Mapping out memory lane
How space and time help encode memories
People behind the science
We do a million routine tasks every day—from pouring our morning coffee to climbing into bed at night. Our brains know by rote just what to do by drawing from prior experience.
But rather than recording each re-run in the same set of neurons, it turns out that our brains actually record them in different places every time.
Dr. Yaniv Ziv, who joined the Department of Neurobiology last year, explores memory and how it changes with time, new experiences, and in disease. Until now, it has been technically impossible to track the activity of neuronal “ensembles” of memories over long periods of time. In his postdoctoral research at Stanford University, Dr. Ziv developed a new experimental method to observe thousands of neurons in the brains of live mice over the course of months: a tiny fluorescence microscope - strapped to the heads of mice like a coalminer’s headlight—that connects to implantable micro-endoscopic lenses. These lenses sense and record the activity of specific neurons and groups of neurons that “light up” when in use. The result: high-resolution images of cells deep within the living brain that show precise patterns of specific memories.
In this way, he investigated the activity of thousands of so-called “place” cells, observing them as the mice trod the same route in a maze day after day. Boring, monotonous, routine—absolutely. But the brain actually makes a garden assortment out of it: Dr. Ziv was surprised to find that each day the walk was encoded in a different subset of brain cells—with only about a 20 percent overlap among the subsets.
That suggests that place cells also include a time component, and it raises some questions about the complex ways that space, time, and memory all become integrated in our brains. “It may explain how the brain distinguishes between yesterday’s walk and that of the day earlier,” says Dr. Ziv.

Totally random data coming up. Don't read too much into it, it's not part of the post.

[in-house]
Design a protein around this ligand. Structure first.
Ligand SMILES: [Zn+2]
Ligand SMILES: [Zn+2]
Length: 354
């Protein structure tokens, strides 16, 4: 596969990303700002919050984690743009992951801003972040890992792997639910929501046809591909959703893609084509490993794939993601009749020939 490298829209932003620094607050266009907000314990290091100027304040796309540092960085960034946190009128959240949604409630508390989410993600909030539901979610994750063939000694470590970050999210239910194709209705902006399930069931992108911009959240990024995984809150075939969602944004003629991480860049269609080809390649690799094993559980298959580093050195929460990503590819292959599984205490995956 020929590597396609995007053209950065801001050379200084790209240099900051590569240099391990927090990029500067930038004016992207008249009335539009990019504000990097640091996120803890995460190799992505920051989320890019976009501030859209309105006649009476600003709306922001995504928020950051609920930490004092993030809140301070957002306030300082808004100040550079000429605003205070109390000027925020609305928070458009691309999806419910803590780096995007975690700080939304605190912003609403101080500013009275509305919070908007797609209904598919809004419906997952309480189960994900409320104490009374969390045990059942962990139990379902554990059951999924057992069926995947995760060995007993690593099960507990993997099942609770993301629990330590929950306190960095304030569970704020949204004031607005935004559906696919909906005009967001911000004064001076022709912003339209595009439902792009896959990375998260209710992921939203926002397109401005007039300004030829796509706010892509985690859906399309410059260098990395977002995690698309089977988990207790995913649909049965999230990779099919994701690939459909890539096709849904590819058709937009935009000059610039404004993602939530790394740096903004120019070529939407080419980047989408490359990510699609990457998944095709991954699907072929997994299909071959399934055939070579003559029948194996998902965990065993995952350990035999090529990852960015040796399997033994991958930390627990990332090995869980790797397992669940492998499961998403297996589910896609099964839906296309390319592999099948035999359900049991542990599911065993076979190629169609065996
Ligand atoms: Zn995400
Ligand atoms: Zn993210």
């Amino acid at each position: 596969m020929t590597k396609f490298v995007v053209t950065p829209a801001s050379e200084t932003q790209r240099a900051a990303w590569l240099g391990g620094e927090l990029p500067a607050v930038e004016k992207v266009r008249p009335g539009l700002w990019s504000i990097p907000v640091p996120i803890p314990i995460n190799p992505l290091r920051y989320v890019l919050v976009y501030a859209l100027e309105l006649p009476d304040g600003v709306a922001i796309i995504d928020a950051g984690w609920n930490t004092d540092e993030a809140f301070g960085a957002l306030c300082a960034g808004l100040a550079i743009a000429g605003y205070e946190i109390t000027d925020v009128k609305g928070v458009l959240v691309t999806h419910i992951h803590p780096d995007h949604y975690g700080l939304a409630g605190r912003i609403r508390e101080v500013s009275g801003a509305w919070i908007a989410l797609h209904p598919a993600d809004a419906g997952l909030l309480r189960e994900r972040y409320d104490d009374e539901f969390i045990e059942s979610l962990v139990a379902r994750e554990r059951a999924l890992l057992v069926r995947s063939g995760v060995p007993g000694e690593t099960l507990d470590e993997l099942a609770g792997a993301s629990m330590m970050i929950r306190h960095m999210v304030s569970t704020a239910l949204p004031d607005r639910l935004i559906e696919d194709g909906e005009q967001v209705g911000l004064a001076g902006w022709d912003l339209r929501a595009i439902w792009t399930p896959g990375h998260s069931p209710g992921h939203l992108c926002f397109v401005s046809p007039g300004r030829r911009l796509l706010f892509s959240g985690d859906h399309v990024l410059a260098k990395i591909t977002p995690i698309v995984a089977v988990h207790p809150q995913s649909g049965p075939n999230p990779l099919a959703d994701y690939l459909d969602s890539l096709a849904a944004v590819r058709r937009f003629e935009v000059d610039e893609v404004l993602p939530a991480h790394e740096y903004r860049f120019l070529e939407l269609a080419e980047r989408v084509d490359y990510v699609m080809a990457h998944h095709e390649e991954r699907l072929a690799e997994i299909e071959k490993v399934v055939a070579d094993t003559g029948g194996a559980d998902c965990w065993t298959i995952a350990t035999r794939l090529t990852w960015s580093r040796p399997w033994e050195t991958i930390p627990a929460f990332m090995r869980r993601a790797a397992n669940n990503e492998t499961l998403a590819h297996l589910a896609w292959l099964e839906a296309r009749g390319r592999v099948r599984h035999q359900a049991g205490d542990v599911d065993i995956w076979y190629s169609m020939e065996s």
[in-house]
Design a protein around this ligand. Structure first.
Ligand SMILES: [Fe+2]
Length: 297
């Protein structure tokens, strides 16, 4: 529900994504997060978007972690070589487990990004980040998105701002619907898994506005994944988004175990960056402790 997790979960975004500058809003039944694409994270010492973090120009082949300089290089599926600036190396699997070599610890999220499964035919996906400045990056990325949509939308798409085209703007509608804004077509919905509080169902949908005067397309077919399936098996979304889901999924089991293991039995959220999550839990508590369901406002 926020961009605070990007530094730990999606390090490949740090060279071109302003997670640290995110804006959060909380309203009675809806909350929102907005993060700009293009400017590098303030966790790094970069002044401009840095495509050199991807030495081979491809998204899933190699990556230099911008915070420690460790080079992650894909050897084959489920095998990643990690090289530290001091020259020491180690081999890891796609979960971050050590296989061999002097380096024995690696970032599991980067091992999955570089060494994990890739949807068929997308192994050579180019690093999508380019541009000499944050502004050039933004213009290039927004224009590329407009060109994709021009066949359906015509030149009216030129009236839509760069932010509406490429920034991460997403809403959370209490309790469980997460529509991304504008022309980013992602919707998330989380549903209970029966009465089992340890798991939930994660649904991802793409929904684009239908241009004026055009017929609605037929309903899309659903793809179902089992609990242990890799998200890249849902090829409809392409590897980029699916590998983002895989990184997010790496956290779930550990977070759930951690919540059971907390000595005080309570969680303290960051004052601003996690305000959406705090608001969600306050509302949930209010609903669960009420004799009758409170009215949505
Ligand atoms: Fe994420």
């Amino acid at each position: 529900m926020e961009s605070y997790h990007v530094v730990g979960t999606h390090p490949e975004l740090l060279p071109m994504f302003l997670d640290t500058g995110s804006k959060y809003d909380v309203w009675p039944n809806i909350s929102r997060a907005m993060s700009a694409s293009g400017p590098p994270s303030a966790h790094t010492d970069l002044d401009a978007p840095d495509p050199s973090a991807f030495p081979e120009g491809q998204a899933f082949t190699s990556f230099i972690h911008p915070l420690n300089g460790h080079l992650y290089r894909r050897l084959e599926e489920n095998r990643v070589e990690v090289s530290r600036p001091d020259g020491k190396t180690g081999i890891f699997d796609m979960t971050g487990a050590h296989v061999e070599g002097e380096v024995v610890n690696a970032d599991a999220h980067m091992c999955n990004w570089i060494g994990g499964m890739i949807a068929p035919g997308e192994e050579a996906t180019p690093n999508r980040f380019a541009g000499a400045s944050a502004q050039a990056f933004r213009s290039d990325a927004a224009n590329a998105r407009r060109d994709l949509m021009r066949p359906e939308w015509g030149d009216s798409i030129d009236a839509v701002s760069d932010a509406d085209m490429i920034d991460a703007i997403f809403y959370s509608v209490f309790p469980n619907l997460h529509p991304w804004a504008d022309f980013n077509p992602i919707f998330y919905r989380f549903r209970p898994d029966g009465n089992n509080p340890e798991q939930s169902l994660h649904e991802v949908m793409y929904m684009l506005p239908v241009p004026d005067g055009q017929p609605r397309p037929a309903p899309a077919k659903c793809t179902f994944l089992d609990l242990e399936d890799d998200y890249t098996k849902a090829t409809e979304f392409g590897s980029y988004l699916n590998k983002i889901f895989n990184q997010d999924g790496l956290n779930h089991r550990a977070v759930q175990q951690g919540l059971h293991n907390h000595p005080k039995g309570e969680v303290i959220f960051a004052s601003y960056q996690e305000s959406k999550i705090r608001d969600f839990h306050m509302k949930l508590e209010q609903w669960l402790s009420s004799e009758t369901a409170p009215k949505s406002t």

For Alzheimer’s and other neurodegenerative diseases involving the loss of one’s space bearings, this research could hold great promise for improved understanding of just what goes wrong - and how to remedy the ailing brain. In his new lab at the Weizmann Institute, Dr. Ziv is now investigating long-term memory circuits in the part of the brain that contains both memory and place cells. That, he hopes, will elucidate how not just place, but time as well, are mapped in our memories.
Dr. Ziv’s work will come under the rubric of the new Azrieli Human Brain Institute (AHBI), established by a recent gift of the Azrieli family of Canada and Israel. The AHBI will fund studies in the physiology, biochemistry, and functioning of the human brain and spearhead studies on brain diseases toward devising improved therapies and cures. The AHBI will work in concert with the new Israel National Center for Brain Imaging and Stimulation, a government-funded entity to be led the Weizmann Institute and in partnership with the Technion and Sourasky Medical Center.
The clip below shows chronic imaging of neuronal activity in the hippocampus of a freely behaving mouse—a new approach to the study of neural coding of long-term memory. Some of these neurons encode for the position of the animal within the environment.
Dr. Yaniv Ziv is supported by the Murray H. & Meyer Grodetsky Center for Research of Higher Brain Functions, the Irving I Moskowitz Foundation, the Adelis Foundation, the Hymen T. Milgrom Trust Donation Fund, the Croscill Home Fashions Charitable Trust, the Harold and Faye Liss Foundation, and the Lulu P. & David J. Levidow Fund for Alzheimers Diseases and Neuroscience Research.
He is the incumbent of the Dr. Daniel E. Koshland Career Development Chair